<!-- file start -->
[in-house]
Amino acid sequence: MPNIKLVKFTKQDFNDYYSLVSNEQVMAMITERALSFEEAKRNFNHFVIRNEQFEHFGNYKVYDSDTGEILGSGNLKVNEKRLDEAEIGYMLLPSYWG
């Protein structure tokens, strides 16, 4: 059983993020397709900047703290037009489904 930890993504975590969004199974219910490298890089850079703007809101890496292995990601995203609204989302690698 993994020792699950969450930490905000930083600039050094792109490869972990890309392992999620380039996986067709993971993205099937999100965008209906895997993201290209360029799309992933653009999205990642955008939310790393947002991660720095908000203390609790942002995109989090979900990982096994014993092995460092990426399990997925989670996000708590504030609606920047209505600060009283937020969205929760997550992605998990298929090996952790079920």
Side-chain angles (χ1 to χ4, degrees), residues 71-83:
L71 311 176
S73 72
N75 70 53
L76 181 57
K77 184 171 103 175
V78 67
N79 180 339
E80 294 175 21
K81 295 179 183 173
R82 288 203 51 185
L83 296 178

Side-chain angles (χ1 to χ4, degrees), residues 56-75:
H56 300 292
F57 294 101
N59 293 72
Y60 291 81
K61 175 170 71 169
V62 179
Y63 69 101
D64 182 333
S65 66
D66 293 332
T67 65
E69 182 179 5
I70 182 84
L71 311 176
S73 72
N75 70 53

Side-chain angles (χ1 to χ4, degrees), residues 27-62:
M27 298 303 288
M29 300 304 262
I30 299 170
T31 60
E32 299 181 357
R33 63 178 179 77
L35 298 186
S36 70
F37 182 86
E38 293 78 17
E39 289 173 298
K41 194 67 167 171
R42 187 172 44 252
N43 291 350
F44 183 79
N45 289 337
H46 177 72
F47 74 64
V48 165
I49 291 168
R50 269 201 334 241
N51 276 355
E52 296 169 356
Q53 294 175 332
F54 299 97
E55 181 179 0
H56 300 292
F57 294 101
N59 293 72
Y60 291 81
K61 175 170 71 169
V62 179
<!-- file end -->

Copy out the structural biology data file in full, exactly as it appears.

[in-house]
Amino acid sequence: MPNIKLVKFTKQDFNDYYSLVSNEQVMAMITERALSFEEAKRNFNHFVIRNEQFEHFGNYKVYDSDTGEILGSGNLKVNEKRLDEAEIGYMLLPSYWG
């Protein structure tokens, strides 16, 4: 059983993020397709900047703290037009489904 930890993504975590969004199974219910490298890089850079703007809101890496292995990601995203609204989302690698 993994020792699950969450930490905000930083600039050094792109490869972990890309392992999620380039996986067709993971993205099937999100965008209906895997993201290209360029799309992933653009999205990642955008939310790393947002991660720095908000203390609790942002995109989090979900990982096994014993092995460092990426399990997925989670996000708590504030609606920047209505600060009283937020969205929760997550992605998990298929090996952790079920």
Side-chain angles (χ1 to χ4, degrees), residues 71-83:
L71 311 176
S73 72
N75 70 53
L76 181 57
K77 184 171 103 175
V78 67
N79 180 339
E80 294 175 21
K81 295 179 183 173
R82 288 203 51 185
L83 296 178

Side-chain angles (χ1 to χ4, degrees), residues 56-75:
H56 300 292
F57 294 101
N59 293 72
Y60 291 81
K61 175 170 71 169
V62 179
Y63 69 101
D64 182 333
S65 66
D66 293 332
T67 65
E69 182 179 5
I70 182 84
L71 311 176
S73 72
N75 70 53

Side-chain angles (χ1 to χ4, degrees), residues 27-62:
M27 298 303 288
M29 300 304 262
I30 299 170
T31 60
E32 299 181 357
R33 63 178 179 77
L35 298 186
S36 70
F37 182 86
E38 293 78 17
E39 289 173 298
K41 194 67 167 171
R42 187 172 44 252
N43 291 350
F44 183 79
N45 289 337
H46 177 72
F47 74 64
V48 165
I49 291 168
R50 269 201 334 241
N51 276 355
E52 296 169 356
Q53 294 175 332
F54 299 97
E55 181 179 0
H56 300 292
F57 294 101
N59 293 72
Y60 291 81
K61 175 170 71 169
V62 179